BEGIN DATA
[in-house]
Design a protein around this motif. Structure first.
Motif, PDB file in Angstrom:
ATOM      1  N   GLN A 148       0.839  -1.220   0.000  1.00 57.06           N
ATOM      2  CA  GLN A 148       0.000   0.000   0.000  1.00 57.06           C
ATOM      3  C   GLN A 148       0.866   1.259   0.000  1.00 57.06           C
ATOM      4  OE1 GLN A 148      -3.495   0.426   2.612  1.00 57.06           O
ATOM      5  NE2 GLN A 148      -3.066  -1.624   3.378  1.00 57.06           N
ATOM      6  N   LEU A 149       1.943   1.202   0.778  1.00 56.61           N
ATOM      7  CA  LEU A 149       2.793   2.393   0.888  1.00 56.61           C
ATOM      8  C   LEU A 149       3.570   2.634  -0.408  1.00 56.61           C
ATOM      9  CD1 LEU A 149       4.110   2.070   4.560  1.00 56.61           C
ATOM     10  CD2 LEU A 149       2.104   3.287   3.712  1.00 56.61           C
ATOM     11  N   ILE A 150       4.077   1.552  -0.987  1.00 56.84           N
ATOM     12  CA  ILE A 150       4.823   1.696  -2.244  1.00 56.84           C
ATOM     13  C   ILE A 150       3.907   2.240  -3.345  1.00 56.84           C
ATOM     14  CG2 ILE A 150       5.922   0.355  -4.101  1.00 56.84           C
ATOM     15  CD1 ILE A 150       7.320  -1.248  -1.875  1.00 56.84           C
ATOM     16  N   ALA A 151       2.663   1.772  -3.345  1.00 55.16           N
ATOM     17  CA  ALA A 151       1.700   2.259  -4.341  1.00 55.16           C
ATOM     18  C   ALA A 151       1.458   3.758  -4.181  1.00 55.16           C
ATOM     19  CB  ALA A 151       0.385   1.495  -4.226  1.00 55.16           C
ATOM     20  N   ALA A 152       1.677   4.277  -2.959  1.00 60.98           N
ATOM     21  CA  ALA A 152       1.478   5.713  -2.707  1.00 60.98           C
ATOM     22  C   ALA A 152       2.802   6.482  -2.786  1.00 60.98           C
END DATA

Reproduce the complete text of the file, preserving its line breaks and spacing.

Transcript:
[in-house]
Design a protein around this motif. Structure first.
Motif, PDB file in Angstrom:
ATOM      1  N   GLN A 148       0.839  -1.220   0.000  1.00 57.06           N
ATOM      2  CA  GLN A 148       0.000   0.000   0.000  1.00 57.06           C
ATOM      3  C   GLN A 148       0.866   1.259   0.000  1.00 57.06           C
ATOM      4  OE1 GLN A 148      -3.495   0.426   2.612  1.00 57.06           O
ATOM      5  NE2 GLN A 148      -3.066  -1.624   3.378  1.00 57.06           N
ATOM      6  N   LEU A 149       1.943   1.202   0.778  1.00 56.61           N
ATOM      7  CA  LEU A 149       2.793   2.393   0.888  1.00 56.61           C
ATOM      8  C   LEU A 149       3.570   2.634  -0.408  1.00 56.61           C
ATOM      9  CD1 LEU A 149       4.110   2.070   4.560  1.00 56.61           C
ATOM     10  CD2 LEU A 149       2.104   3.287   3.712  1.00 56.61           C
ATOM     11  N   ILE A 150       4.077   1.552  -0.987  1.00 56.84           N
ATOM     12  CA  ILE A 150       4.823   1.696  -2.244  1.00 56.84           C
ATOM     13  C   ILE A 150       3.907   2.240  -3.345  1.00 56.84           C
ATOM     14  CG2 ILE A 150       5.922   0.355  -4.101  1.00 56.84           C
ATOM     15  CD1 ILE A 150       7.320  -1.248  -1.875  1.00 56.84           C
ATOM     16  N   ALA A 151       2.663   1.772  -3.345  1.00 55.16           N
ATOM     17  CA  ALA A 151       1.700   2.259  -4.341  1.00 55.16           C
ATOM     18  C   ALA A 151       1.458   3.758  -4.181  1.00 55.16           C
ATOM     19  CB  ALA A 151       0.385   1.495  -4.226  1.00 55.16           C
ATOM     20  N   ALA A 152       1.677   4.277  -2.959  1.00 60.98           N
ATOM     21  CA  ALA A 152       1.478   5.713  -2.707  1.00 60.98           C
ATOM     22  C   ALA A 152       2.802   6.482  -2.786  1.00 60.98           C